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Wow! Somebody did my state taxes for me. Wait a minute ...

Picture this: You've filed your federal income taxes via TurboTax and everything went fine. You've now received the document you were waiting for, and it's time to file those state taxes. You log into TurboTax, and ... your state taxes have mysteriously been e-filed.

Is this a new free service? All the tax info looks about right. You dig a little deeper and realize that your returns were accepted and refunds were due. You've already received your federal refund via automatic deposit, but your state refund is missing. If you kept digging, you would find that refund has been processed and deposited -- into someone else's bank account.

That's what happened to some unlucky taxpayers this spring, according to Intuit, TurboTax's parent company. So far, between 24 and 40 taxpayers have been identified whose tax refunds were stolen. Intuit says only around two dozen of them used TurboTax. Nevertheless, this issue, along with a suspicious spike in questionable state filings earlier this spring, caused Intuit to temporarily halt TurboTax e-filings. The issues have also garnered the attention of the FBI and the Justice Department.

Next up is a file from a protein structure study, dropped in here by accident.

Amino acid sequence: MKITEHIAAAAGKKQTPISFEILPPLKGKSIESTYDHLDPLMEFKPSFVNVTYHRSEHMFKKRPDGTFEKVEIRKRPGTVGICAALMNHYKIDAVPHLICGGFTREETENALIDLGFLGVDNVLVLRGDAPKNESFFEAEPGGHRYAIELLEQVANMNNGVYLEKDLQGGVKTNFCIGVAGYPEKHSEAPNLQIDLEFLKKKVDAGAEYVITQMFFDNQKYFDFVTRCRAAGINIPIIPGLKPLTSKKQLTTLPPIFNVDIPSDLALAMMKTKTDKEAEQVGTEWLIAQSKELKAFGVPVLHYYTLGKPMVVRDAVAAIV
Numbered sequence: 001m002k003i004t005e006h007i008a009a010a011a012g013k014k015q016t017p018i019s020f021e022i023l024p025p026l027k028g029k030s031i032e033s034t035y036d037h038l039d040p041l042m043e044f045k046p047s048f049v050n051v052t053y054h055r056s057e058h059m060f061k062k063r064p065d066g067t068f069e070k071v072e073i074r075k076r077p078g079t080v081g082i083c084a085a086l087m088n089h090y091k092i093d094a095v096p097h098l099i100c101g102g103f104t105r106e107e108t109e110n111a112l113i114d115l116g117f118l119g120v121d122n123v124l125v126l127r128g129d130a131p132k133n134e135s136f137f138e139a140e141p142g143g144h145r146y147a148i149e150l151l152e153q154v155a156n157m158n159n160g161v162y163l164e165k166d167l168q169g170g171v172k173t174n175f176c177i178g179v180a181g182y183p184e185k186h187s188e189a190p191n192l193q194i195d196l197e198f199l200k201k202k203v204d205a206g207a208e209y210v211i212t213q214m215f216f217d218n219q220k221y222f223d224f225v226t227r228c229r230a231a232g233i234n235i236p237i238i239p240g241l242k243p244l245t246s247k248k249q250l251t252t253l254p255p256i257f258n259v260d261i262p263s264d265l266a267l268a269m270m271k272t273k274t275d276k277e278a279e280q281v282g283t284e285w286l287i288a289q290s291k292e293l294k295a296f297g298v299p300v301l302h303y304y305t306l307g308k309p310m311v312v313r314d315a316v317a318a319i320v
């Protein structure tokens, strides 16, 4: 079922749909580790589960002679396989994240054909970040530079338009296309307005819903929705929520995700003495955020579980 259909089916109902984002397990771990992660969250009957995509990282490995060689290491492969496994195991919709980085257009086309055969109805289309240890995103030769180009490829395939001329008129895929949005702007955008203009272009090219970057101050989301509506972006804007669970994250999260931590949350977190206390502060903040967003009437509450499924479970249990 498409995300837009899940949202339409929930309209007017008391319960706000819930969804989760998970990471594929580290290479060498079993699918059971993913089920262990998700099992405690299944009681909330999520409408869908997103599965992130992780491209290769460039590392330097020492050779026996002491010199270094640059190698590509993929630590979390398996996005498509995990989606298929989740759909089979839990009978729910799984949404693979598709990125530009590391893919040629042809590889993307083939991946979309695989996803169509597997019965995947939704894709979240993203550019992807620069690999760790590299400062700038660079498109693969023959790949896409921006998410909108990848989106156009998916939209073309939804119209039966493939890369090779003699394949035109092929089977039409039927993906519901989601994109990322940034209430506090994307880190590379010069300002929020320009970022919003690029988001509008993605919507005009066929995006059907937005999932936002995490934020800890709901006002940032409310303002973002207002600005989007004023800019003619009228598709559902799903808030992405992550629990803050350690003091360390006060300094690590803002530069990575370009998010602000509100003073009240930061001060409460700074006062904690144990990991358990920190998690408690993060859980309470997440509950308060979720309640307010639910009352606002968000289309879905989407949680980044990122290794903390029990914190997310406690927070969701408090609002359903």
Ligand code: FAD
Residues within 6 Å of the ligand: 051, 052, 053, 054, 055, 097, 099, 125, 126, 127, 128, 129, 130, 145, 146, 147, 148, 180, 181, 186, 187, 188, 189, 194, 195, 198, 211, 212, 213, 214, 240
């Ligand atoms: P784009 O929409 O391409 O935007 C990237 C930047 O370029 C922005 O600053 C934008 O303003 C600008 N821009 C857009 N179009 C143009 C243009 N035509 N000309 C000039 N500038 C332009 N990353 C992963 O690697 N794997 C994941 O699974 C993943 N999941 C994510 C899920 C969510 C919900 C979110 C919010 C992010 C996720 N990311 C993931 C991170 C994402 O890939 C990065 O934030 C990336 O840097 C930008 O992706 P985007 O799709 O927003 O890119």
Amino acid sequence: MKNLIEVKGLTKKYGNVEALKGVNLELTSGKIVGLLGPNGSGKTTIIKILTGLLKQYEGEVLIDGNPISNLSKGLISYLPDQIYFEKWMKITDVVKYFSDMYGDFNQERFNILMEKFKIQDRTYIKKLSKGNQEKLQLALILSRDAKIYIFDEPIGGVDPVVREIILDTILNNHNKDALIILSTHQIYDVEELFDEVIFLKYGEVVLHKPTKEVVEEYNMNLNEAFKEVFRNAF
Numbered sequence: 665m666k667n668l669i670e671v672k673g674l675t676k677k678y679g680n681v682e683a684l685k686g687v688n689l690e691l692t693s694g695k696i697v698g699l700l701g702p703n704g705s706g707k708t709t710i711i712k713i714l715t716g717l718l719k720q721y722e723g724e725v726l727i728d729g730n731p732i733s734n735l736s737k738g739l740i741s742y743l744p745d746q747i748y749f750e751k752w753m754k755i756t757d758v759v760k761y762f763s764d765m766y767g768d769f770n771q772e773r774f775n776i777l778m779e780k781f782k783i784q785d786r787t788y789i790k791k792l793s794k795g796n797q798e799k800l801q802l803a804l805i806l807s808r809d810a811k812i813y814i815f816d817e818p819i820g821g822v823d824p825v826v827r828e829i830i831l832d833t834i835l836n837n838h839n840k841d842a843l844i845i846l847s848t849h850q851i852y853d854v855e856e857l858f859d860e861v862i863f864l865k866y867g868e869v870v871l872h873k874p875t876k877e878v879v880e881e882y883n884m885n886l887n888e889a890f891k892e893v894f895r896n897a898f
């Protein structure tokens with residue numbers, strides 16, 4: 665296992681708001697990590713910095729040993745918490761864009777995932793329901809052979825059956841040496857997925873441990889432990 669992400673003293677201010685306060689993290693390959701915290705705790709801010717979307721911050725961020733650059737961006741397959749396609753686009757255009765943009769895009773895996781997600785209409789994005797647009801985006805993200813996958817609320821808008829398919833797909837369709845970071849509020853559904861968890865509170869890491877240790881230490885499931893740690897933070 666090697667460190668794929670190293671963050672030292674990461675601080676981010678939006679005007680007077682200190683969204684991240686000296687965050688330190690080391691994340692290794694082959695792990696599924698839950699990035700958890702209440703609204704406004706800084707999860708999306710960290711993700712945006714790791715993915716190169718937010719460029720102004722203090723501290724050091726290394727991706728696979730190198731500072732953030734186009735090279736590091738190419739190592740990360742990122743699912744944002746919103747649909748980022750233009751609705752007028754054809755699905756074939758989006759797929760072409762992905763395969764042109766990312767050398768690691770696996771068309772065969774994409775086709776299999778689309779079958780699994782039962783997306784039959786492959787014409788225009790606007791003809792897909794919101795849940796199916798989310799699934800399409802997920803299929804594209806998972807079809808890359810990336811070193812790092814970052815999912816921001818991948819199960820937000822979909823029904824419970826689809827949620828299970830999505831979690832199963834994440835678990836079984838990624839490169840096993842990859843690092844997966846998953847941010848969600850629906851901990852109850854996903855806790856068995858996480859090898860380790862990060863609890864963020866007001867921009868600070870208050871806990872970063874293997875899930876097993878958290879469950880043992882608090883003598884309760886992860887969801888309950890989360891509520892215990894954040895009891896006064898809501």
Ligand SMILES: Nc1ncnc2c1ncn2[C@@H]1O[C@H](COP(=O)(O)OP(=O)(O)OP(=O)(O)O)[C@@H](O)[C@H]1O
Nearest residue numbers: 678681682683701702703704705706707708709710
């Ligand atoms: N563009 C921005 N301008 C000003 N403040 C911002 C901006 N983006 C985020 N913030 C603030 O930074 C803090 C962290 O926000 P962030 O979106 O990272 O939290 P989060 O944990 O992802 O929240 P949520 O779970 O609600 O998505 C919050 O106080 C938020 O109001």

How was this new tax crime accomplished?

One thing the affected taxpayers apparently had in common was that they had agreed to have their TurboTax fees taken out of the refund, rather than paying up front. Another thing they had in common was that they'd chosen to receive their refunds via direct deposit.

It appears that what happened might have been this: Hackers got into individuals' TurboTax (or possibly other online tax preparation) accounts, filed any unfiled returns, and changed the direct deposit information to accounts they controlled.

There might be another possibility, however, since the hack wasn't limited to TurboTax. When you agree to have your tax filing fees subtracted from your refund, the money may be processed through a company called Tax Products Group, which then subtracts the TurboTax fees and deposits the rest in your bank account. So, it's possible, if less likely, that the hackers accessed Tax Products Group's accounts.

One crucial question remains: Who is responsible for the security breach that allowed the tax crime to be committed? These hackers may never be found. So ... how do you get your money?

Source: The Washington Post, "Fraudsters found a new way to steal refunds from TurboTax customers," Jonnelle Marte, March 25, 2015

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